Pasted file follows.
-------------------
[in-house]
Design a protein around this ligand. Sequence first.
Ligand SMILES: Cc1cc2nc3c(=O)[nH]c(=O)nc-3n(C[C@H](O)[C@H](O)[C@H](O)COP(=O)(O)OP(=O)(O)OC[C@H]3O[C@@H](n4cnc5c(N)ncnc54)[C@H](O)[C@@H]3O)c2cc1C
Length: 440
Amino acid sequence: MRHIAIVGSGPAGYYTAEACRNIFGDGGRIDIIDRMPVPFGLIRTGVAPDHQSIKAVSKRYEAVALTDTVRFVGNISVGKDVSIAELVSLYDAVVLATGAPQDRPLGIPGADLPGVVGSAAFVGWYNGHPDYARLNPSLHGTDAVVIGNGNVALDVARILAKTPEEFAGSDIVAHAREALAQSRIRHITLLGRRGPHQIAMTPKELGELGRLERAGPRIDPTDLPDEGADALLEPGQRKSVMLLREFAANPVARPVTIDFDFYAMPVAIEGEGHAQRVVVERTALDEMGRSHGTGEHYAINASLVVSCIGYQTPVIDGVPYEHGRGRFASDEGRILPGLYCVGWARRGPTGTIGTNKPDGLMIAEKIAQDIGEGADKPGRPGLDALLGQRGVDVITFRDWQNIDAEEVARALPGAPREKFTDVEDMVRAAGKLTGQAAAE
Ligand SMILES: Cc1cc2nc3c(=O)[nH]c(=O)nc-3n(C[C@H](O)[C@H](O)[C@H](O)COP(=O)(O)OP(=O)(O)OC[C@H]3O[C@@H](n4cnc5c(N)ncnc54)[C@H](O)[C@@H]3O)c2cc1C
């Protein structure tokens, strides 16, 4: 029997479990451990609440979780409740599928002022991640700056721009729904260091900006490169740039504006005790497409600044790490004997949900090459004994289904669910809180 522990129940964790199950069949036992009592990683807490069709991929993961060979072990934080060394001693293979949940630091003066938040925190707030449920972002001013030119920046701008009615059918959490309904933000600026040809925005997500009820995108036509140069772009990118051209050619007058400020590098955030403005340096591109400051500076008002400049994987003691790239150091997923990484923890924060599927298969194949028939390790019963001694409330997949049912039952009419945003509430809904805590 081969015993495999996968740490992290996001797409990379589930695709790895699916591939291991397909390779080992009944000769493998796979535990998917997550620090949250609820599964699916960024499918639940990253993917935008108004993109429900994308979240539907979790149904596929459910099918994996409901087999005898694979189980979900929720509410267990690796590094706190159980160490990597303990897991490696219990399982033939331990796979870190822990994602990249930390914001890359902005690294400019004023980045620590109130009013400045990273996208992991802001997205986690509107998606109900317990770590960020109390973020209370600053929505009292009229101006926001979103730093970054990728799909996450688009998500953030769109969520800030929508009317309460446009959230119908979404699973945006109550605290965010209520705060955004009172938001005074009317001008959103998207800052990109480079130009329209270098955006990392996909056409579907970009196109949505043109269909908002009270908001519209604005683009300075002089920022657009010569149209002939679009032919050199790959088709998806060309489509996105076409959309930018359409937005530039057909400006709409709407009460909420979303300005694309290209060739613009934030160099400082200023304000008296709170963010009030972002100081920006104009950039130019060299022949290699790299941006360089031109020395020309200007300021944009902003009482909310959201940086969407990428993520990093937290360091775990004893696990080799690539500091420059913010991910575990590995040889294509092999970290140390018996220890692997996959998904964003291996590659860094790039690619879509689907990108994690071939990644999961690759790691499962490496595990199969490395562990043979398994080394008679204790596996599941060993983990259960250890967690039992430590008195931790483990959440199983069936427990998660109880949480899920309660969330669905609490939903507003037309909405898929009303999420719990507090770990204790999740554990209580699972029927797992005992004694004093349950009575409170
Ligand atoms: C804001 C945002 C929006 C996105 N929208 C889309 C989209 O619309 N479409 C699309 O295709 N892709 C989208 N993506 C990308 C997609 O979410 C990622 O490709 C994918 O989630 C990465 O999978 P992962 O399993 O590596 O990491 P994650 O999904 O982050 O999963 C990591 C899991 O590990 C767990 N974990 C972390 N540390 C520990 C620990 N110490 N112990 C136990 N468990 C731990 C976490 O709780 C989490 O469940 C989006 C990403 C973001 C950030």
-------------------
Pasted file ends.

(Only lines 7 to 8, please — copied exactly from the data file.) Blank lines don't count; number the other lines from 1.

């Protein structure tokens, strides 16, 4: 029997479990451990609440979780409740599928002022991640700056721009729904260091900006490169740039504006005790497409600044790490004997949900090459004994289904669910809180 522990129940964790199950069949036992009592990683807490069709991929993961060979072990934080060394001693293979949940630091003066938040925190707030449920972002001013030119920046701008009615059918959490309904933000600026040809925005997500009820995108036509140069772009990118051209050619007058400020590098955030403005340096591109400051500076008002400049994987003691790239150091997923990484923890924060599927298969194949028939390790019963001694409330997949049912039952009419945003509430809904805590 081969015993495999996968740490992290996001797409990379589930695709790895699916591939291991397909390779080992009944000769493998796979535990998917997550620090949250609820599964699916960024499918639940990253993917935008108004993109429900994308979240539907979790149904596929459910099918994996409901087999005898694979189980979900929720509410267990690796590094706190159980160490990597303990897991490696219990399982033939331990796979870190822990994602990249930390914001890359902005690294400019004023980045620590109130009013400045990273996208992991802001997205986690509107998606109900317990770590960020109390973020209370600053929505009292009229101006926001979103730093970054990728799909996450688009998500953030769109969520800030929508009317309460446009959230119908979404699973945006109550605290965010209520705060955004009172938001005074009317001008959103998207800052990109480079130009329209270098955006990392996909056409579907970009196109949505043109269909908002009270908001519209604005683009300075002089920022657009010569149209002939679009032919050199790959088709998806060309489509996105076409959309930018359409937005530039057909400006709409709407009460909420979303300005694309290209060739613009934030160099400082200023304000008296709170963010009030972002100081920006104009950039130019060299022949290699790299941006360089031109020395020309200007300021944009902003009482909310959201940086969407990428993520990093937290360091775990004893696990080799690539500091420059913010991910575990590995040889294509092999970290140390018996220890692997996959998904964003291996590659860094790039690619879509689907990108994690071939990644999961690759790691499962490496595990199969490395562990043979398994080394008679204790596996599941060993983990259960250890967690039992430590008195931790483990959440199983069936427990998660109880949480899920309660969330669905609490939903507003037309909405898929009303999420719990507090770990204790999740554990209580699972029927797992005992004694004093349950009575409170
Ligand atoms: C804001 C945002 C929006 C996105 N929208 C889309 C989209 O619309 N479409 C699309 O295709 N892709 C989208 N993506 C990308 C997609 O979410 C990622 O490709 C994918 O989630 C990465 O999978 P992962 O399993 O590596 O990491 P994650 O999904 O982050 O999963 C990591 C899991 O590990 C767990 N974990 C972390 N540390 C520990 C620990 N110490 N112990 C136990 N468990 C731990 C976490 O709780 C989490 O469940 C989006 C990403 C973001 C950030």